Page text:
Martin Figura was born in Liverpool and lives in Norwich. He is a qualified accountant and retired army major. He is also a poet as well as a portrait and social documentary photographer, and holds separate websites for each of his professional identities. As a poet he demonstrates a “delicately balanced” (Jackie Kay), “moving and deeply courageous” (Jo Bell) voice, alongside a well-honed capacity for wit and comedy. He has been a member of the poetry ensemble The Joy of Six since 2000, and has performed extensively with them in the UK and at various venues in New York, as well as producing booklets and a CD. He gained an MA in Writing the Visual in 2007 from the then Norwich School of Art & Design, and is chair and compere of Café Writers; a Norwich-based live literature organisation. His photography has been widely published and exhibited, including at the National Portrait Gallery.
The poems published in Whistle (2010) examine Figura’s unusual childhood: when he was nine years old, his father killed his mother. Indeed, the book is written “In memoriam” to June Evelyn Figura (1933–1966), whilst also being dedicated to Figura’s wife and fellow poet, Helen Ivory. Rather than over-explore his subject matter, Figura “employs throughout a pared-back and piercing lyricism”, says Penelope Shuttle. Jackie Kay’s endorsement of the collection gives a further sense of this:
Martin Figura’s riveting sequence of poems about his childhood, his father killing his mother, and the consequences of that upon the whole family is remarkable for the story he doesn’t tell, as much as for the story he does. Exercising a humanising restraint, delicately balanced, these poems are an attempt to excise memory, to fill in some of the missing gaps, but the sense one is left with most of all is absence and loss. Moving, brave, unsentimental, Whistle doesn’t blow the whistle on the family. Instead it rather heartbreakingly tries to piece together the fragments of a life, shattered by murder.
Set in post-war Britain, the collection utilises imagery of conflict, as in the following extract from ‘Victor’, winner of the Poetry Society’s 2010 Hamish Canham prize:
At tea time, those whose turn it is
break cover, make a zigzagging run for it
shouting — ACHTUNG ACHTUNG.
They go down in a hail of bullets,
competing for the most dramatic death.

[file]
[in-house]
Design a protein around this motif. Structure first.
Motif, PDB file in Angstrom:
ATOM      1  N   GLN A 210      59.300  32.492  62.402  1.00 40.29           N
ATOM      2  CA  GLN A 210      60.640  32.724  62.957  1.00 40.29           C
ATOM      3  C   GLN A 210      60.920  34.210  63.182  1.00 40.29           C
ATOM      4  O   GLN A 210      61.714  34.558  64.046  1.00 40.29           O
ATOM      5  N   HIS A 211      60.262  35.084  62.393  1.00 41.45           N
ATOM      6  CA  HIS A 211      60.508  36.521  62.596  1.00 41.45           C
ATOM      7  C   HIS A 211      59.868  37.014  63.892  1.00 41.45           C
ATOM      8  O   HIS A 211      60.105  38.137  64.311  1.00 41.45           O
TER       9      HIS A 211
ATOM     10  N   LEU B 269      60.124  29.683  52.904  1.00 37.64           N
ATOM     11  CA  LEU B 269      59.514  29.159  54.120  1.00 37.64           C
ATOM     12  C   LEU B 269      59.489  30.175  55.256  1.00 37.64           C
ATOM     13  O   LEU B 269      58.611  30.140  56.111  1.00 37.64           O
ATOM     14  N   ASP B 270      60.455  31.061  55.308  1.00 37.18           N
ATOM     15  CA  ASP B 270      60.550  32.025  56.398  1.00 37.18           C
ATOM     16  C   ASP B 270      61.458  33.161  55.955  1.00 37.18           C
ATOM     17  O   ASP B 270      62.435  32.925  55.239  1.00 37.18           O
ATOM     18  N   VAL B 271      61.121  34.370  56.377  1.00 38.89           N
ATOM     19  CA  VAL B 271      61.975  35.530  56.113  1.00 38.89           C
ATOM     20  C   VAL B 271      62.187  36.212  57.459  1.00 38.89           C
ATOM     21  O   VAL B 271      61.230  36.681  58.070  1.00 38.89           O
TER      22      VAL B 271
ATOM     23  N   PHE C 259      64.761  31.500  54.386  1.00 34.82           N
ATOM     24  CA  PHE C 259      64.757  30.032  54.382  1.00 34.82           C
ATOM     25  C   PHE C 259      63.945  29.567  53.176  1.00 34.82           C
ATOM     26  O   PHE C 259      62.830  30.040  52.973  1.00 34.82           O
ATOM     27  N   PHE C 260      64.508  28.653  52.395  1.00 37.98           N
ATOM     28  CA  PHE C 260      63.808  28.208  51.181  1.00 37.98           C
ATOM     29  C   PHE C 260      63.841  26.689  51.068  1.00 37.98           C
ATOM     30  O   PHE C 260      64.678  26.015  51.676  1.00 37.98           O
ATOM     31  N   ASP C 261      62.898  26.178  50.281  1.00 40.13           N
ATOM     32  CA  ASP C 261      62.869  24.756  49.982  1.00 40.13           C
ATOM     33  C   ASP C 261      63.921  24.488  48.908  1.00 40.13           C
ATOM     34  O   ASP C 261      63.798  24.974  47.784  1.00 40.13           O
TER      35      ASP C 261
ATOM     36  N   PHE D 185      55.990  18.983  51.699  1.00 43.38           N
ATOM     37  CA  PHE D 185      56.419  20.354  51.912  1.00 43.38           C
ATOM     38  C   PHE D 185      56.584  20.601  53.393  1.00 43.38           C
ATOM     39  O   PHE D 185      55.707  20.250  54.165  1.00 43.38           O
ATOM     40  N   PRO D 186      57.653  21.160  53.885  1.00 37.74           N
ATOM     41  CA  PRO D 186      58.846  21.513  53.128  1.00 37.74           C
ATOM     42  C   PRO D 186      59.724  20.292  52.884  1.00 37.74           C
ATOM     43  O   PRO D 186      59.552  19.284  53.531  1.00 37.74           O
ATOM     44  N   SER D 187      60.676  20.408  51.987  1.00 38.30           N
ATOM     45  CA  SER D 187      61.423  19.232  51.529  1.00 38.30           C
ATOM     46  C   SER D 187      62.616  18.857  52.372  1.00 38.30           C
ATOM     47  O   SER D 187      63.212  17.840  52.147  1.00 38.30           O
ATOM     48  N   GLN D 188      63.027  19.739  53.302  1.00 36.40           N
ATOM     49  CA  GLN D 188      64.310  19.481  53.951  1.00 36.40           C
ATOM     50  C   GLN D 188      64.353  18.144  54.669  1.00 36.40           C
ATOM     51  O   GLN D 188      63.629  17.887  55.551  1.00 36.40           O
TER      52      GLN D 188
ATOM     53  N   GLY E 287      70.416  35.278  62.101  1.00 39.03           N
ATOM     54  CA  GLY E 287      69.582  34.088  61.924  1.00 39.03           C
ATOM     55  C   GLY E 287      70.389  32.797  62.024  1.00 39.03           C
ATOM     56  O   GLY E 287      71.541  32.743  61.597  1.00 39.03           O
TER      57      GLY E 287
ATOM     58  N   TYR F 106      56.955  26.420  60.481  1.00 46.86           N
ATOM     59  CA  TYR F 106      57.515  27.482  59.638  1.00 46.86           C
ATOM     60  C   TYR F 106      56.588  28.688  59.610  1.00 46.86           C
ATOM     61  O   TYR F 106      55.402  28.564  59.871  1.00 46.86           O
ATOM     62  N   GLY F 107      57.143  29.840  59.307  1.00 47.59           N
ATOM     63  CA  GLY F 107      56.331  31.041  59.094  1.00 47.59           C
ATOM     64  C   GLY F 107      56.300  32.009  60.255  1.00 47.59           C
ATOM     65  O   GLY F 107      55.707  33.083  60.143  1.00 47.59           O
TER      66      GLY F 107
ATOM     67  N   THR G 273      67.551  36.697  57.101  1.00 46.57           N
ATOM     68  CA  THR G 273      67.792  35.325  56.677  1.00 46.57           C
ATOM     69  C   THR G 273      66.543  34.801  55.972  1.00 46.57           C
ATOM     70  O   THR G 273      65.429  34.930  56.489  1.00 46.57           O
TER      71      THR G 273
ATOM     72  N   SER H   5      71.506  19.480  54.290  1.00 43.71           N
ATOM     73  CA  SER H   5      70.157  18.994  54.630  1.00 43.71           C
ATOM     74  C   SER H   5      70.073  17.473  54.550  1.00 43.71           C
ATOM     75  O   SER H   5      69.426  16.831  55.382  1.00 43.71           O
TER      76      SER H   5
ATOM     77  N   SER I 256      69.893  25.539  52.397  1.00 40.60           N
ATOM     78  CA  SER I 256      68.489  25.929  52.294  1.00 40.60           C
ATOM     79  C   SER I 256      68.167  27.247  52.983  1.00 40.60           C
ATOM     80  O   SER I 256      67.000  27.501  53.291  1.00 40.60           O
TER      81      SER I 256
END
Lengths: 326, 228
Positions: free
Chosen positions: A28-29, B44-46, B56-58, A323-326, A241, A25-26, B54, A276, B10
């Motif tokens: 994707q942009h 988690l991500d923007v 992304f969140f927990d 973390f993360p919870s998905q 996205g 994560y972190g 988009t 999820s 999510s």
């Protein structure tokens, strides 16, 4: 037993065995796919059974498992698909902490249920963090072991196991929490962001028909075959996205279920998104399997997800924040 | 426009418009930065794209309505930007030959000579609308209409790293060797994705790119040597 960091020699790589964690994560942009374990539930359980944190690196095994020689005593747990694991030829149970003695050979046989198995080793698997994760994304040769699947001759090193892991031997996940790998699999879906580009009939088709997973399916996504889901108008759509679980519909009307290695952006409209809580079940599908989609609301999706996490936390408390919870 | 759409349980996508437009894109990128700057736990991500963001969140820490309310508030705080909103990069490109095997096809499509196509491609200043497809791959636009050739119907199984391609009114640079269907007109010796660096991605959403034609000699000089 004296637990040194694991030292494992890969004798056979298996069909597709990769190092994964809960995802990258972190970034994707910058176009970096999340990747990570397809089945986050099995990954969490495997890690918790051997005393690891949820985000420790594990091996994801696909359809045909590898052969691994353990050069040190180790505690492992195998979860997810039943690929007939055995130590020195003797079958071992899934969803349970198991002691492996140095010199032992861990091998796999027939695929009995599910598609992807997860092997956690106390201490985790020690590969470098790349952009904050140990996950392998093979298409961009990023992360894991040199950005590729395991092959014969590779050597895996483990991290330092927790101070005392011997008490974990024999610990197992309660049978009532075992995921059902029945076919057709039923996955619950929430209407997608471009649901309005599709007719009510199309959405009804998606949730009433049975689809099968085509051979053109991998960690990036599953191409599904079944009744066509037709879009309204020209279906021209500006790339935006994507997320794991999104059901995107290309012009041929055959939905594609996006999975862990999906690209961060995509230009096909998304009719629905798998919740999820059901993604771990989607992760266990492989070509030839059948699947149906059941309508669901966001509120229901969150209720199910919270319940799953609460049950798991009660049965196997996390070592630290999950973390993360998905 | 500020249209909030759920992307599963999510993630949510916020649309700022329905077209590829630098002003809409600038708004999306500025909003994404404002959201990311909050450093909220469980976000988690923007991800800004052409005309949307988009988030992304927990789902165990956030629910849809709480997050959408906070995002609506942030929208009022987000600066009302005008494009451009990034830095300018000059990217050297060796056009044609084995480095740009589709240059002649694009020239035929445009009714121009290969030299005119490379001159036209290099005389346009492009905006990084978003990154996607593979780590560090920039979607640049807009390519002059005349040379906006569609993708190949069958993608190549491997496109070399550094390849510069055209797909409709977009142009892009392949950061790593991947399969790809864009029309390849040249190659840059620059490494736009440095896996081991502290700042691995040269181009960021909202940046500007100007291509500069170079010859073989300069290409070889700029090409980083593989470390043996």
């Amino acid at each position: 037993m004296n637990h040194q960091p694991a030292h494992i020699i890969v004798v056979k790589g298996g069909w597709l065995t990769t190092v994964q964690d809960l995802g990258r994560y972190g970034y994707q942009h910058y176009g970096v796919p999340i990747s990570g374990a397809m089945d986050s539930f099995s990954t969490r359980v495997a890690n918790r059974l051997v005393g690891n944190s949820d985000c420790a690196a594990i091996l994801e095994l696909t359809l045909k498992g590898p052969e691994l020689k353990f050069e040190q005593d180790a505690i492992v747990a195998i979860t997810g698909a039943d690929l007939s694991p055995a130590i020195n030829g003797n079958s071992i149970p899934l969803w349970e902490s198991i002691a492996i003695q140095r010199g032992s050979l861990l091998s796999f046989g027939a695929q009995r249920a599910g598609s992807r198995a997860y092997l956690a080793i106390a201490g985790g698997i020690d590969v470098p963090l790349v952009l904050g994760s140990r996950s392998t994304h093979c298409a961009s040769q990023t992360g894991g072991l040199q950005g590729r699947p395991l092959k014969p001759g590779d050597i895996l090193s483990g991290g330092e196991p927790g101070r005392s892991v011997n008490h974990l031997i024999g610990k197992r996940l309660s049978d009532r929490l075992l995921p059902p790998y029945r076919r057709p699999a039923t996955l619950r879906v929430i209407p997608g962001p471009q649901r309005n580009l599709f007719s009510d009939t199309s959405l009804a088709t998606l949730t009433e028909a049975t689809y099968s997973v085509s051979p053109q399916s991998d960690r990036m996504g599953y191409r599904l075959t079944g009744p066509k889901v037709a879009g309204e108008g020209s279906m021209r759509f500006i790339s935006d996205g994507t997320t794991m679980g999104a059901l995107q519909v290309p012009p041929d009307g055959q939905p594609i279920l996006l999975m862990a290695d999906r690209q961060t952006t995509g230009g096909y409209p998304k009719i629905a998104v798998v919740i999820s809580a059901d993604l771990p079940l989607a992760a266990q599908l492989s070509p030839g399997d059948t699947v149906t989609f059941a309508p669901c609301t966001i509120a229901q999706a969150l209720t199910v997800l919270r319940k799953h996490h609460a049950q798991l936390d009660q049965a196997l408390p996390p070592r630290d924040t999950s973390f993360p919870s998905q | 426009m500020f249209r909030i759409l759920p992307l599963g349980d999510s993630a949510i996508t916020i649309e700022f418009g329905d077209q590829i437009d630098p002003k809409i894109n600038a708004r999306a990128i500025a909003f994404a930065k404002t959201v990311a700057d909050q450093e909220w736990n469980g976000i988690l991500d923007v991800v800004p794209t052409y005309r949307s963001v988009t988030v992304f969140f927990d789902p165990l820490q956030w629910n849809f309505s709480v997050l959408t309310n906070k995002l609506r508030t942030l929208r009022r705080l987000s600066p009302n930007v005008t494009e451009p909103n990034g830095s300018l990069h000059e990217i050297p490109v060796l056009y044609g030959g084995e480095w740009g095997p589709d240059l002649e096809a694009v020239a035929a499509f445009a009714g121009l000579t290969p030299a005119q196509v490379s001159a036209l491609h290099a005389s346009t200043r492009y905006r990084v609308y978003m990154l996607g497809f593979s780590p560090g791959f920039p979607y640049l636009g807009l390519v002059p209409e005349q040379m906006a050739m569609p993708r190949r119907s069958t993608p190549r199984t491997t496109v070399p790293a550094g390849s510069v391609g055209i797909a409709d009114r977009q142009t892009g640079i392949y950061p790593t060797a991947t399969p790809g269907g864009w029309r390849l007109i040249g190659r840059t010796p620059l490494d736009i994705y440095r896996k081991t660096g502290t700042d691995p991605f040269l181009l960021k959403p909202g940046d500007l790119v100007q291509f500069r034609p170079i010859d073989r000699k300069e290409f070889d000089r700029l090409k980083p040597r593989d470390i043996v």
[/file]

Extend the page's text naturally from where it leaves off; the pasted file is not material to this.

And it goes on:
The pavement is so littered with Germans
the men must pick a way through
to reach their gates and take their sons
down paths into quiet houses.
The collection, along with the accompanying spoken word show, made the shortlist of the 2010 Ted Hughes Award for New Work in Poetry. An Apples & Snakes associate artist in receipt of an Arts Council Lottery Fund Award, Figura has performed Whistle at a number of festivals across Britain, including the Ledbury Poetry Festival and the Edinburgh Fringe. Figura’s Edinburgh performance was described in the Fringe guide as “a multimedia depiction of a post-war British childhood using poetry, family photographs and striking visuals”.
In the same year that he published Whistle, Figura also published the very different Boring The Arse Off Young People. This collection sees some of the poems from his previous publications, Ahem (2005) and The Little Book of Harm (2002), republished along with new material. This forms the lighter arm of Figura’s work: he is a competent comic who enjoys parodying other writers. In his blog, Luke Wright recites an anecdote about one particular reading, a “storming twenty minutes which included poetry ‘covers’” including ‘Miss Joan Cooper Clarke’ (Miss Joan Hunter Dunn). Wright comments: “John Cooper Clarke’s daughter was in the crowd and got on the phone to her dad who came down to join the party.”
Figura’s more light-hearted work includes an acrostic which takes for the letters of its first lines: N,I,C,E,T,I,T and S. In ‘AHEM’, which draws on Allen Ginsberg’s ‘HOWL’ he talks of “teenagers, /who tripped out to Skegness Vimto-fuelled in charabancs”, whereas in ‘Talking’ two consecutive lines read: “I’ve a habit of repeating myself / I’ve a habit of repeating myself”. Altogether this strikes a balance with the sensitively executed story of Whistle and marks Figura as a writer and performer of immense flexibility and breadth.
His photographers’ eye has surely contributed to his success, and his exploration of performance and recital, and the ability to fill venues at various festivals with shows that incorporate mixed-media, highlights Figura as a truly twenty-first century poet.
The Little Book of Harm, Firewater Press, Cambridge, 2002
Ahem, Eggbox Publishing, Norwich, 2005
Whistle, Arrowhead Press, Darlington, 2010
Boring the Arse Off Young People, Nasty Little Press, Norwich, 2010
Photography & essays
This Man’s Army, Dewi Lewis Publishing, Stockport, 1998
Work-Space-Work, A Happen Publication, Bedfordshire, 2007
Visit Figura’s poetry website and his photography website
Figura is also a member of the poetry ensemble The Joy of Six
Read Penelope Shuttle’s review of Whistle
Listen to Figura reading his work on the Poet Casting website